Murray Energy Swaps Debt on Heels of Trump Plan to Boost CoalBy and
Deal exchanges 11.25% notes due 2021 for 12% notes due 2024
Announcement comes after Trump asks for coal, nuclear aid
Murray Energy Corp., the coal miner led by Robert E. Murray, said some of its debt holders agreed to refinance a chunk of the company’s bonds and loans as the Trump administration makes a new push to buoy the struggling fossil fuel industry.
The deal cuts debt and gives Murray Energy more time to repay obligations, in return for a higher interest rate and more collateral, the company said in a statement. It comes as the U.S. Energy Department makes plans to exercise emergency authority to force grid operators to buy electricity from struggling coal and nuclear power plants.
Murray Energy bonds rose on the Trump news Friday and again on news of the debt swap on Monday. CEO Murray hailed the approach being considered by the administration as an "essential" effort in an email on Friday. The company, the largest closely held U.S. coal producer, has beseeched Trump to help keep alive a series of power plants that used its fuel, and whose operator is now bankrupt.
But credit analysts said the Trump administration’s efforts aren’t solid or detailed enough to determine whether they will help Murray Energy.
"It will be beneficial for the companies involved in the government action," said Vania Dimova, a metals and mining analyst at S&P Global Ratings. But to tell whether Murray Energy will benefit, analysts would need to know which utilities are affected, whether those utilities are Murray Energy clients and how many tons of coal are included, she said.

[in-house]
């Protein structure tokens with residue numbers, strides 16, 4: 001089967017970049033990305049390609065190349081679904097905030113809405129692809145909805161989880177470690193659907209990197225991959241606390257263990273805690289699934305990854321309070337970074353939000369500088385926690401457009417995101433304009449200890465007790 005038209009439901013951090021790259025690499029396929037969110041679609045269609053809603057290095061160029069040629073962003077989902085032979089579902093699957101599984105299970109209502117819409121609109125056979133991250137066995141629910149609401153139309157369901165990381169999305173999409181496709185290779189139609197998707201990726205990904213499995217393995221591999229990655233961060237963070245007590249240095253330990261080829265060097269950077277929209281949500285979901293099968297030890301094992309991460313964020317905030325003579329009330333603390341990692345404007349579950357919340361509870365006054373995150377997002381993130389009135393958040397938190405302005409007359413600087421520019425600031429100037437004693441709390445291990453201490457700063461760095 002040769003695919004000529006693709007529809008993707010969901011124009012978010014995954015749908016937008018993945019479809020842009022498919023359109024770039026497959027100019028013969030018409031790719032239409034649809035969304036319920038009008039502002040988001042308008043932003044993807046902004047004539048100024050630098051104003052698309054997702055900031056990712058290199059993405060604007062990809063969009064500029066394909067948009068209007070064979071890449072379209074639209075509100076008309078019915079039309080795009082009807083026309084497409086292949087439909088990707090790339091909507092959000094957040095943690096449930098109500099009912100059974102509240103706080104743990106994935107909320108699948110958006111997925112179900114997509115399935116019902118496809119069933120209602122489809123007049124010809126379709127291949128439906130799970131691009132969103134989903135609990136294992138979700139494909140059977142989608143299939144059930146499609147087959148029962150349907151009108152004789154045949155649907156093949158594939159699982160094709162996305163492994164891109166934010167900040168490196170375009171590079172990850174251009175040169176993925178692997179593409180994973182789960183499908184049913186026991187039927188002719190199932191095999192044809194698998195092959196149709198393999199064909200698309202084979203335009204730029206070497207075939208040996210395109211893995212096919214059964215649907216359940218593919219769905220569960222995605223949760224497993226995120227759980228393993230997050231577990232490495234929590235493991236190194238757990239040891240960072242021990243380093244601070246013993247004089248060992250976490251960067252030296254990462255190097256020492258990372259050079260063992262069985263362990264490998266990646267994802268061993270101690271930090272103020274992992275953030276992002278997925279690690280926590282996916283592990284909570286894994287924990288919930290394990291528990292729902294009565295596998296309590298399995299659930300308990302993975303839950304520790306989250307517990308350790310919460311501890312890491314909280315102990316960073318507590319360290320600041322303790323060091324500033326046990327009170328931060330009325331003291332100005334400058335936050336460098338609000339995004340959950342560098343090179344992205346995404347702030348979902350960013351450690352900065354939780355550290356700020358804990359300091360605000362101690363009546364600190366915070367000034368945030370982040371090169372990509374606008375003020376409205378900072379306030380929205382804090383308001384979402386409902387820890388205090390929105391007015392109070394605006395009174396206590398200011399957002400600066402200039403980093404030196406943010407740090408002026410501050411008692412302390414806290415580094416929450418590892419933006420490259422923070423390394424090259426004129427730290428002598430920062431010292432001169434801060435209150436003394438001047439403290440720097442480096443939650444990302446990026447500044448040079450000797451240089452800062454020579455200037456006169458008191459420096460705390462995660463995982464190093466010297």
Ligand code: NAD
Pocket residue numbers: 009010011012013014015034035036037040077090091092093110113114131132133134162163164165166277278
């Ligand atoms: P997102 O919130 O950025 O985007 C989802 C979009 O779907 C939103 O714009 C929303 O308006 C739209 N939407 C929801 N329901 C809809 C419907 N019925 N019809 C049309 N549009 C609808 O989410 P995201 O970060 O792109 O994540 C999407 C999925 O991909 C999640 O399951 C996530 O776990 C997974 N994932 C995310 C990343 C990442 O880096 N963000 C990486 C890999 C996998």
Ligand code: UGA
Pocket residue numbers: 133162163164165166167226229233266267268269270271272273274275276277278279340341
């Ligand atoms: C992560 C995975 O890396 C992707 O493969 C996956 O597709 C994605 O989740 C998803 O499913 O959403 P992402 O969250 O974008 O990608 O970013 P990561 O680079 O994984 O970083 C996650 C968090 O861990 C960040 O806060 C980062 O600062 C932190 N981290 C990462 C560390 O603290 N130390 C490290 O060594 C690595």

"We can’t just say this is great for coal companies, we have to quantify it," Dimova said.
Most industry watchers forecast that U.S. coal demand will fall in coming years as more coal-fired power plants close. CreditSights predicts a drop in demand of about 70 million tons, or about 9 percent of total 2017 production, between 2018 and 2026.
That long-term drop in demand should be a key consideration for coal bond investors now, said Spencer Cutter of Bloomberg Intelligence.
"Anything the Trump administration wants to do to support coal will likely be temporary, contradict the forces of a free market, and raise prices for the end consumer," Cutter said. "As a creditor, I’m not sure I would want to bet on that strategy to get me repaid."
Bondholders have agreed to exchange about 71 percent of the 2021 notes and term loan lenders have agreed to exchange about 61 percent of that principal, according to the statement.
The company has just over $1 billion of bonds maturing in 2021, so the more than 70 percent of the bondholders that have signed on could drop the looming maturity to around $300 million, ignoring deferred interest on the new securities. Similarly, the company’s term loan of about $1.8 billion due 2020 would drop to less than $900 million if around 60 percent of the term loan holders go through with the deal.
Under the exchange, current holders of 11.25 percent notes due 2021 will get 12 percent notes due 2024, according to the press release. The new debt will be supported by additional assets beyond those securing the prior borrowings, including Murray Kentucky Energy and Murray South America along with equity in Colombian operations and a marketing and trading firm called Javelin Global Commodities Holdings, according to the company’s statement. A company representative declined to comment beyond the press release.